The government has extended a financial lifeline to businesses, employees, and contractors affected by coronavirus self-isolation.
The $12.1 billion package is worth 4% of GDP, making it the largest peacetime economic package seen in modern New Zealand. It contains $126 million for employers to offer paid self-isolation leave, a permanent $25 per week benefit increase, a doubling of the Winter Energy Payment for this year, $600 million for the aviation sector, as well as a $500 million boost for health services.
The SMC asked experts to comment on the package.
Professor Philippa Howden-Chapman, Co-Director, He Kainga Oranga/Housing and Health Research Programme; Director, New Zealand Centre for Sustainable Cities, University of Otago, Wellington, comments:
“The emphasis in the government’s unprecedented $12.1 billion economic package today, will be book-ended by a second instalment in the May Budget. Leaving behind the usual prescription of austerity, this is action of an entrepreneurial government.
“The government is using all available resources to explicitly focus on ameliorating the dramatic uncertainties of the impact of COVID-19 on the wellbeing of vulnerable people in the population – those on welfare benefits, older people, those running small businesses, those who are self-employed in the gig economy.
“The government has thought through the barriers facing the inevitable growth in people who will have to quarantine themselves. The wage subsidy scheme of $585 per week for the period is sensibly generous and the doubling of the Winter Fuel Payment will help them to keep warm. Part of the fiscal stimulus is to increase all benefits by $25, again sensible, as this money is targeted to those who need to spend for the basics.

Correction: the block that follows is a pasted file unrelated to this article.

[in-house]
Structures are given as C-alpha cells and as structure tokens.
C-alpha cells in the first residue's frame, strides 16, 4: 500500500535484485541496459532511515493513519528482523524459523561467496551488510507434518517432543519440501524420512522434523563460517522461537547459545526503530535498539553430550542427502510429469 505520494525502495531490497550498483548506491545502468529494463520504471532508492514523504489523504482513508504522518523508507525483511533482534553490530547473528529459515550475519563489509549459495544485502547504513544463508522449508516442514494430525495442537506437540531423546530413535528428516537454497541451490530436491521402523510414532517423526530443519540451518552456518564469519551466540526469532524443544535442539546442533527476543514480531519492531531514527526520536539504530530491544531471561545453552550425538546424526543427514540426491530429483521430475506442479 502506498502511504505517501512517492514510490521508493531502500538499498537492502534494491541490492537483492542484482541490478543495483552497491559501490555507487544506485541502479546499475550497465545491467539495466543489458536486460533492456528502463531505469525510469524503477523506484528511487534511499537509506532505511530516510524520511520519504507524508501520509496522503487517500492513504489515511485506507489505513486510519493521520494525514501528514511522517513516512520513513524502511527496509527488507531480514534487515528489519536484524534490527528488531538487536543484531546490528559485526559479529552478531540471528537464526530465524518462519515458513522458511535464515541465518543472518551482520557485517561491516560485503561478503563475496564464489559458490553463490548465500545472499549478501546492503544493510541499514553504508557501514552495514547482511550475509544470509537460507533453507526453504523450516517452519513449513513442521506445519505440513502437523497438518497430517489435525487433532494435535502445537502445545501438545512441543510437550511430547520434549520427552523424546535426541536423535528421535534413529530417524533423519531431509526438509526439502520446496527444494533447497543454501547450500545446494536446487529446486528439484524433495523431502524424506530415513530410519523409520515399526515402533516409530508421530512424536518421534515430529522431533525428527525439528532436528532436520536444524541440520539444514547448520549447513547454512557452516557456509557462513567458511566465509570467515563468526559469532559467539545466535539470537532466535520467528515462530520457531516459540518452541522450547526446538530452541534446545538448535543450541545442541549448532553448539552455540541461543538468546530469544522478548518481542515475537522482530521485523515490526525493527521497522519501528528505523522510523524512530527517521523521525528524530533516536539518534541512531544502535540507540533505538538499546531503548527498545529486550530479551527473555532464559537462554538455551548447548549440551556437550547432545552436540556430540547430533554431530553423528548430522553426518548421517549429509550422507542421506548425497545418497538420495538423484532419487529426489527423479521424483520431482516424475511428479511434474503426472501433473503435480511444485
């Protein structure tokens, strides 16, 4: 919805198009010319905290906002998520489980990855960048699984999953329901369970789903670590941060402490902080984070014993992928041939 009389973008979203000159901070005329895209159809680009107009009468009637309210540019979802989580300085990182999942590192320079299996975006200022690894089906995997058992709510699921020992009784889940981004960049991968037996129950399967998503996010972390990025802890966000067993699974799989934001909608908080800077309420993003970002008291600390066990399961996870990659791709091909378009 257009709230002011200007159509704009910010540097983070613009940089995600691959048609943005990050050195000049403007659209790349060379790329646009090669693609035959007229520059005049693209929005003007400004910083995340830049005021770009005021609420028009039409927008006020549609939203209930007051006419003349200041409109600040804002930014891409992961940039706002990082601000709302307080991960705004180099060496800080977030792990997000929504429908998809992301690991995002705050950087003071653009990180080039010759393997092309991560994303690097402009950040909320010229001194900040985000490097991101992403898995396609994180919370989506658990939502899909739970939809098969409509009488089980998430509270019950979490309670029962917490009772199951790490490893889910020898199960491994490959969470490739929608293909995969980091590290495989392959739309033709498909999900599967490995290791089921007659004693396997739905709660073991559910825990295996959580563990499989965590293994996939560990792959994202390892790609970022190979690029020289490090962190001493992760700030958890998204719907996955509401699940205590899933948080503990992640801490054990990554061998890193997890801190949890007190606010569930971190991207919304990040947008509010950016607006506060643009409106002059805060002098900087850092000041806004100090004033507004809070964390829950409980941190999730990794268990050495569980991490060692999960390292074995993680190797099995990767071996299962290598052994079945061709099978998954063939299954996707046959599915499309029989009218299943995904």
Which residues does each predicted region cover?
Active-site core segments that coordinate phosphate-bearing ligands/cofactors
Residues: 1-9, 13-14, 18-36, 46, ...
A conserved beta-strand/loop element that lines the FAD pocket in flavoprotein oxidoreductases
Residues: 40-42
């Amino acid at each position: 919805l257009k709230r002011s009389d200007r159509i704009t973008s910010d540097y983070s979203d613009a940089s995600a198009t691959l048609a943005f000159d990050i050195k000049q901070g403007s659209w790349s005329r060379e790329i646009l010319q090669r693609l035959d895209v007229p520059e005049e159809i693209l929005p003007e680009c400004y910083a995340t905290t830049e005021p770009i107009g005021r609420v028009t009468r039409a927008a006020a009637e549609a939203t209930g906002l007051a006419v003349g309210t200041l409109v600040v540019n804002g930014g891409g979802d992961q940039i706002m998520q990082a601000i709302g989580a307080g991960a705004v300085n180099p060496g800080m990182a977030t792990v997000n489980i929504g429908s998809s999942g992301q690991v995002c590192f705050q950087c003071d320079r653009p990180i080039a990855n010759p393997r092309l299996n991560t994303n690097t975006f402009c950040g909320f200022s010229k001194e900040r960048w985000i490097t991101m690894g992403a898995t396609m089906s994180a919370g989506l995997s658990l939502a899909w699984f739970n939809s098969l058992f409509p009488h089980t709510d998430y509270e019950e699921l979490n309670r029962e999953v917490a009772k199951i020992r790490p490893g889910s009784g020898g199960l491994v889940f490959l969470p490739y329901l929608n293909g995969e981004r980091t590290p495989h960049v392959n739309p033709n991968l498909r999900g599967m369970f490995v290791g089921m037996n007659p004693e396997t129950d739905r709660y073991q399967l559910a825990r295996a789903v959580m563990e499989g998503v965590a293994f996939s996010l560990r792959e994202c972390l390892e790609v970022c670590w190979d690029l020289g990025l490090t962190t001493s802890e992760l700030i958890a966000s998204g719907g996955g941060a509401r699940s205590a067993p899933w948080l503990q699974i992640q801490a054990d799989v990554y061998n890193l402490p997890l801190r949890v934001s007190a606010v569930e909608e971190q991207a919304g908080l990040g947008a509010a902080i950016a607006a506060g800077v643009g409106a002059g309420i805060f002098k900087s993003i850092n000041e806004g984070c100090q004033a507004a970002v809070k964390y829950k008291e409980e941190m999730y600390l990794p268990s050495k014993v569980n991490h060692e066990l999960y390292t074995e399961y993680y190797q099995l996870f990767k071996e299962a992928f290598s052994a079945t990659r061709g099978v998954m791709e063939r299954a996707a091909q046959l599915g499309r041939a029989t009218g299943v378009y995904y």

“Commercial sectors of the economy have not been forgotten either – the aviation industry and the wider commercial sector have been handed tax breaks, such as the reintroduction of depreciation allowances in commercial buildings.
“However, the first priority was a major funding boost to the public health sector to delay person-to-person transmission in New Zealand as long as possible. This is a well-informed systems approach which rightly highlights that we are at a pivotal point and if we can widen testing of those with symptoms of COVID-19 we may be able to prevent the dreaded exponential rise in New-Zealand acquired cases.”
Conflict of interest statement: I am a director on the Board of Kāinga Ora- Homes and Communities. The views expressed here are my own and do not necessarily reflect the views of the Board of Kāinga Ora.
Associate Professor Bernard Walker, College of Business & Law, University of Canterbury, comments:
“This is a bold move from the government. Internationally, grants and subsidies after events like natural disasters don’t have great success rates, but NZ has broken that trend and learned how to make these work well.
“This current plan seems to target businesses with up to about 250 full-time staff, and there’s a second part on the way for larger businesses.
“Apart from money, there’s a whole lot still to be worked out. After the quakes, business ‘hubs’ were vital for providing business advice and support, especially for small businesses. We’ll need to find ways to provide that, even if it is online.
“Our routines of work and school are a key part of keeping a sense of normality amid widespread disruption. The social connections in those places are also a core part of our social wellbeing. It’s going to be a real challenge for organisations to find ways of maintaining those elements, looking after physical and mental wellbeing.”
Conflict of interest statement: No conflict of interest.
Professor Michael Baker, Department of Public Health, University of Otago, Wellington, comments: